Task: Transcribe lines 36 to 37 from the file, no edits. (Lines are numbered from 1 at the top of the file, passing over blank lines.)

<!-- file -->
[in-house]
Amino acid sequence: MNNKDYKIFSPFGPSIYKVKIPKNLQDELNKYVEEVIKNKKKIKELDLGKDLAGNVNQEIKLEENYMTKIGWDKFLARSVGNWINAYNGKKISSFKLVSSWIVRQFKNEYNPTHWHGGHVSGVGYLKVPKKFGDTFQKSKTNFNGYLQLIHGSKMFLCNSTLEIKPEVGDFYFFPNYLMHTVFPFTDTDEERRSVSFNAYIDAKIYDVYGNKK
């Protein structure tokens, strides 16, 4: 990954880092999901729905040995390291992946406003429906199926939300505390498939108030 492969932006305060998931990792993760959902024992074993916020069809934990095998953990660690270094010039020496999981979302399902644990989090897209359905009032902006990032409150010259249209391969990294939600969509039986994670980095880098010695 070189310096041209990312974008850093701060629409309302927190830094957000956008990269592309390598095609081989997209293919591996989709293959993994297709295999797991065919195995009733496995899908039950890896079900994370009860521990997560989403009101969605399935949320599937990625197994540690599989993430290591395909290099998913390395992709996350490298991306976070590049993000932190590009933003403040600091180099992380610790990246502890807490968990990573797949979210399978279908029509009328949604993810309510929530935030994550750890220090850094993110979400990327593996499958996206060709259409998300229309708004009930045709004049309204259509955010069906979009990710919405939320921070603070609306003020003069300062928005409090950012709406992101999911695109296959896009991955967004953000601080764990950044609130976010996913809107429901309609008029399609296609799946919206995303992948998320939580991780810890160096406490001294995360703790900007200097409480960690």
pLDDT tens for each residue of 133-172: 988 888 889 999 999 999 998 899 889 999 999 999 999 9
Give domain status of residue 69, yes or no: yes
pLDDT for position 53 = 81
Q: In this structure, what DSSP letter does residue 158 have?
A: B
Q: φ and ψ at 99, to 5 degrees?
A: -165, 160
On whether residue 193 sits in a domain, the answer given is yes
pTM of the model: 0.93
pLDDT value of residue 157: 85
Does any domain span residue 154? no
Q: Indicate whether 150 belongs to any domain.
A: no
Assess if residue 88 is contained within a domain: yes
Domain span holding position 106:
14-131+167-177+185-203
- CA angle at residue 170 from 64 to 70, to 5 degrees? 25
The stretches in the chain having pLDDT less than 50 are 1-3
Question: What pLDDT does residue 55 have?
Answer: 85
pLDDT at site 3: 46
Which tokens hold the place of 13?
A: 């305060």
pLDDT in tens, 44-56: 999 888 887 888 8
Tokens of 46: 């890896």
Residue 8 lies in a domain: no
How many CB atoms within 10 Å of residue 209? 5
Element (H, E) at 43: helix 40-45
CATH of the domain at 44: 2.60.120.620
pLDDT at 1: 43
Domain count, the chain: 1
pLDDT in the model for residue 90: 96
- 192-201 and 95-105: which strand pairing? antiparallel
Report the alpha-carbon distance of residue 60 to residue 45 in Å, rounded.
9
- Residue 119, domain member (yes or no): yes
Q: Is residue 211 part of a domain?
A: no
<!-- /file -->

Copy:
- 192-201 and 95-105: which strand pairing? antiparallel
Report the alpha-carbon distance of residue 60 to residue 45 in Å, rounded.